Harry Benson sat tall, green pocket square peeking out of his sports jacket pocket, on the blood red sofa of an ocean view suite at the Faena hotel, overlooking Miami Beach. It was almost as if a memory ran over his gaze. His beautiful wife of some 63 years, Gigi—who is as adorable and elegant and simply charming as her two syllables suggest—sat just across, in an arm chair, ready to fill in any blanks that needed filling. You see, she’s been running the Benson show for quite some time. Not a single piece of film is reviewed without the aid of her watchful eye. She let’s us know that the film for which we have come together to celebrate, is currently available OnDemand, on iTunes and streaming on Amazon. Aptly named, “Harry Benson: Shoot First,” the film highlights the illustrious career of Benson and truthfully does a pretty great job of letting on to just how enchanting and hysterical he is; because he’s just unapologetically himself.
It seams as though the sun gleaming off of the sand transports him and he starts to share: “Miami was important to me,” he says. “I came to America with The Beatles and about a week later we were in Miami for the Ed Sullivan show. They had about four days off and wanted to find something to do. We went to the beach but one day I was watching television in my room at the Deauville Hotel and I see this boxer named Cassius Clay talking about how beautiful he was and how strong he was and I thought, ‘That would be a beautiful picture.’ Of course he had not become Muhammad Ali yet. I went to go see him and he said he knew who The Beatles were and he would love to see them. I go back to The Beatles with everything set to shoot them and suddenly John Lennon said that he didn’t want to meet him because he had a big mouth and he was going to get beaten by his opponent, Sonny Liston. So, I go see Sonny who had just finished training and is sitting there, undoing his boots and tells me, ‘I don’t want to meet those bums.’ So I go back to The Beatles, with a limousine and pick them up. Of course they think they’re going to see Sonny but I took them to the Ffith Street Gym. Cassius Clay is there and completely dwarfs them. He put them in their place; having them lay down and call him the most beautiful. They gave me a lot of good photographs. Afterwards The Beatles wouldn’t speak to me because he really rode them like no one had done before.”
I later found out this happened about one month in to having met and begun touring with The Beatles. The anecdote put me quickly up to speed on the reasoning behind the title of the film. It really was what Benson was all about. Shooting first.
We laugh for a bit and talk about the thin line between friendship and professionalism, a topic he very vocal about distinguishing between. “I don’t become friendly with them,” he says. “I don’t want to know them after.” Don’t misconstrue this so as to think that Benson isn’t friendly. The long time husband and father of two is absolutely kind and charming, he just came to age without Caller ID and instead had to employ a different kind of screening tactic. Don’t get too close and don’t answer the phone. “If you’re friendly [with them] then they can phone up and say I don’t want you to run that photo of me in the bubble bath and then you have a problem because it’s a friend.” It’s an example he’s often quoted using. That bubble bath photo was of Willie Nelson. Basically if Benson shoots you in a bubble bath, you really can’t change your mind. Most don’t. In fact he’s quite trusted. The man is amongst what I imagine to be a very select few to document Dolly Parton putting her face on. And the only one Elizabeth Taylor would ask to see her in her hospital room, bald, post brain surgery for a tumor removal. I think it’s the honesty about him. The way he approaches every moment with such respect for its individual existence. And that’s really what this day is all about; celebrating an amalgamation of individually existing moments that he’s been able to capture.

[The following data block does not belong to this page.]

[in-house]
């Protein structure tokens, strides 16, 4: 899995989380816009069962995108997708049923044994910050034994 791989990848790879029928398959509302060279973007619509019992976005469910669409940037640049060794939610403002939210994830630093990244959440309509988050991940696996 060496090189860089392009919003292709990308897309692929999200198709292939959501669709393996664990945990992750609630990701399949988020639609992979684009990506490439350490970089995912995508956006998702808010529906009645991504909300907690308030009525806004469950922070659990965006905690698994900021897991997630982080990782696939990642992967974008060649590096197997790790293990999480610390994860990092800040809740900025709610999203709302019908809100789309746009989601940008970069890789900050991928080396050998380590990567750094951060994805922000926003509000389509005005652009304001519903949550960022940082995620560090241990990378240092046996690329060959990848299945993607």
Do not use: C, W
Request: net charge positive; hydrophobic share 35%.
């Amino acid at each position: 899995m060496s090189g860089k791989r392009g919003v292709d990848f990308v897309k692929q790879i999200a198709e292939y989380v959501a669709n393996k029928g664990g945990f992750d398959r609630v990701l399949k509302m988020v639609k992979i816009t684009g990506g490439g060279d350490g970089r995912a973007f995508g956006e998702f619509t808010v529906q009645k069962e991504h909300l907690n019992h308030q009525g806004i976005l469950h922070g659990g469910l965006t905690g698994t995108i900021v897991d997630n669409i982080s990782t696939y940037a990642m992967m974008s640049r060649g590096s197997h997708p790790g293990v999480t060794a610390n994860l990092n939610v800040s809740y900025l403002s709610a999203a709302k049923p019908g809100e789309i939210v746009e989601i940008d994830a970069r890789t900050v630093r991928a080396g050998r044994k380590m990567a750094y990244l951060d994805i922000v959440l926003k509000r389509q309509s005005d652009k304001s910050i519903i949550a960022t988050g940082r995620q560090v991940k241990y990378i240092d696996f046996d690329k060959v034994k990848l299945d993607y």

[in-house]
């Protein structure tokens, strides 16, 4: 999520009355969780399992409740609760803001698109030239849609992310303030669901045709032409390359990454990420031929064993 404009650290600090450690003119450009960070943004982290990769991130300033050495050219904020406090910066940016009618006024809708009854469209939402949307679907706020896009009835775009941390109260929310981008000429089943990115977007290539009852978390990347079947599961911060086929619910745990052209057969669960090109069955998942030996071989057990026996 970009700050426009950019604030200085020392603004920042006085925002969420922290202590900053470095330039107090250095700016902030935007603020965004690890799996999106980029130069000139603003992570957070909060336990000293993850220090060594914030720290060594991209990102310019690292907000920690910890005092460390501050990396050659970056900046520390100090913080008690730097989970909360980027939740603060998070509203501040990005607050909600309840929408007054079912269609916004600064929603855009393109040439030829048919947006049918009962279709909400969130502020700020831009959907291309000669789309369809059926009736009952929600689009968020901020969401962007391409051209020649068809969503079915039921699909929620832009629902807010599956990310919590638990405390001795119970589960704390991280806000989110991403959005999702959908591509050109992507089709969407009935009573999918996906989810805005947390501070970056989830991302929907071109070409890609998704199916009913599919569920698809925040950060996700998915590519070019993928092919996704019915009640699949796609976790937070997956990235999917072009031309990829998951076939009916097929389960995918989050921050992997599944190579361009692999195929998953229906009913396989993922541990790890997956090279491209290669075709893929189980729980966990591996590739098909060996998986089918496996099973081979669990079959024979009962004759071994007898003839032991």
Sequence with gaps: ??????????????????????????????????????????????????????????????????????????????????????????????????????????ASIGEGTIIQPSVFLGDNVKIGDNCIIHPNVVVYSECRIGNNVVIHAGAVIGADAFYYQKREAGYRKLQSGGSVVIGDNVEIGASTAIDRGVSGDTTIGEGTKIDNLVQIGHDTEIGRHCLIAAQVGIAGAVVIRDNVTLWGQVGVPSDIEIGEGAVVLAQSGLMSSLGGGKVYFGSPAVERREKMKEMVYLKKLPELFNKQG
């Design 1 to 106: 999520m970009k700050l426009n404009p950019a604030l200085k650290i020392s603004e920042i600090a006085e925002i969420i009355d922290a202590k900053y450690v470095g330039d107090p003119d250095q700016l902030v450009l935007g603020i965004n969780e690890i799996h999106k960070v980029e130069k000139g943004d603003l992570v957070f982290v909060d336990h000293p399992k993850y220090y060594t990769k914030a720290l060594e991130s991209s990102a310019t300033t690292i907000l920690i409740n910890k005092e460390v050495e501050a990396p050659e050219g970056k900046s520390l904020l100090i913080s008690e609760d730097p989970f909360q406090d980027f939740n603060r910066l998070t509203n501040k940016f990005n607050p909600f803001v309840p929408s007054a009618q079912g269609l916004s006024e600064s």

Remembering them of course brought nostalgia.
“It’s sad,” he says. “I wouldn’t have done it if it wasn’t for my wife,” he persists. Blaming reasons such as: “It’s too much of a bother;” or “Too much work!” But also letting on that some of the melancholy comes from knowing that many of those brilliantly special situations will never happen again. That’s why you must catch them. “You see, I don’t really care about people’s feelings.” It sounds harsh at first but really makes perfect sense. “There is only one point of view and that has to be yours. If someone says: ‘you have to see their point of view; they’re not feeling well today;’ or ‘They’re not up to it and want to do it another day;’ I say, ‘No, we’ll do it now.’ It’s your point of view. If you have an off day or a hangover, I could give a shit.”
An opinion perhaps formed after much time spent covering the considerably less glitzy. In a refugee camp, the choice to be in an off mood is not a luxury many enjoy. And Benson knows, he’s shot at many. Which brings him back to the subject of the fine line of friendship. “Would people be asking me to dinner or wanting to be with me if they didn’t think I could do them some good? The answer is no. They wouldn’t bother,” he says. I suppose a little bit of distance allows him to be objective.